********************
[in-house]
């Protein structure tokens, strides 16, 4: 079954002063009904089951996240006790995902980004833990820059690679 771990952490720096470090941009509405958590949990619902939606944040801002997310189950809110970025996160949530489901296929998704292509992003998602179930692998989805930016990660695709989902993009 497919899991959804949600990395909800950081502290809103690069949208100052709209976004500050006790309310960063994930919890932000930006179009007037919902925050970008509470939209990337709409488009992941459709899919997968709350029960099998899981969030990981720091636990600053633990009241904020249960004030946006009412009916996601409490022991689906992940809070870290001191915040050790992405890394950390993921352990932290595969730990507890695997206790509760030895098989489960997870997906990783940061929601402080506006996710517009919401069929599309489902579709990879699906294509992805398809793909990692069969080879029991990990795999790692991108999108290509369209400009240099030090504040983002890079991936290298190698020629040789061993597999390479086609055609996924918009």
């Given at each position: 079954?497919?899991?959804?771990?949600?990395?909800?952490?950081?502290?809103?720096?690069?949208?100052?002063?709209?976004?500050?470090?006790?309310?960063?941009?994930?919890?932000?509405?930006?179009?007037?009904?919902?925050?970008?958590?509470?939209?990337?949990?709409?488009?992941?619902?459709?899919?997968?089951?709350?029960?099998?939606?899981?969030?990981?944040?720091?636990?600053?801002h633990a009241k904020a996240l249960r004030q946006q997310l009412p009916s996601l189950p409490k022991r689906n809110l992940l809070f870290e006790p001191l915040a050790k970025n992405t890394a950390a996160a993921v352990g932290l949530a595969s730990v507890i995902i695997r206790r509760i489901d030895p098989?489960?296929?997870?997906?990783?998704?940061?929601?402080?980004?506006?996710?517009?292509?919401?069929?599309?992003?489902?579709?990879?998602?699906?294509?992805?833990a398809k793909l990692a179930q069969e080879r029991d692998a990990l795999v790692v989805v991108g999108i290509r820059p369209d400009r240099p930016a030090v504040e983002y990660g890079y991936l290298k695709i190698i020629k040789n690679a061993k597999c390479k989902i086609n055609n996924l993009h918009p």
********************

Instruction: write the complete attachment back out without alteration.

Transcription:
[in-house]
């Protein structure tokens, strides 16, 4: 079954002063009904089951996240006790995902980004833990820059690679 771990952490720096470090941009509405958590949990619902939606944040801002997310189950809110970025996160949530489901296929998704292509992003998602179930692998989805930016990660695709989902993009 497919899991959804949600990395909800950081502290809103690069949208100052709209976004500050006790309310960063994930919890932000930006179009007037919902925050970008509470939209990337709409488009992941459709899919997968709350029960099998899981969030990981720091636990600053633990009241904020249960004030946006009412009916996601409490022991689906992940809070870290001191915040050790992405890394950390993921352990932290595969730990507890695997206790509760030895098989489960997870997906990783940061929601402080506006996710517009919401069929599309489902579709990879699906294509992805398809793909990692069969080879029991990990795999790692991108999108290509369209400009240099030090504040983002890079991936290298190698020629040789061993597999390479086609055609996924918009």
């Given at each position: 079954?497919?899991?959804?771990?949600?990395?909800?952490?950081?502290?809103?720096?690069?949208?100052?002063?709209?976004?500050?470090?006790?309310?960063?941009?994930?919890?932000?509405?930006?179009?007037?009904?919902?925050?970008?958590?509470?939209?990337?949990?709409?488009?992941?619902?459709?899919?997968?089951?709350?029960?099998?939606?899981?969030?990981?944040?720091?636990?600053?801002h633990a009241k904020a996240l249960r004030q946006q997310l009412p009916s996601l189950p409490k022991r689906n809110l992940l809070f870290e006790p001191l915040a050790k970025n992405t890394a950390a996160a993921v352990g932290l949530a595969s730990v507890i995902i695997r206790r509760i489901d030895p098989?489960?296929?997870?997906?990783?998704?940061?929601?402080?980004?506006?996710?517009?292509?919401?069929?599309?992003?489902?579709?990879?998602?699906?294509?992805?833990a398809k793909l990692a179930q069969e080879r029991d692998a990990l795999v790692v989805v991108g999108i290509r820059p369209d400009r240099p930016a030090v504040e983002y990660g890079y991936l290298k695709i190698i020629k040789n690679a061993k597999c390479k989902i086609n055609n996924l993009h918009p």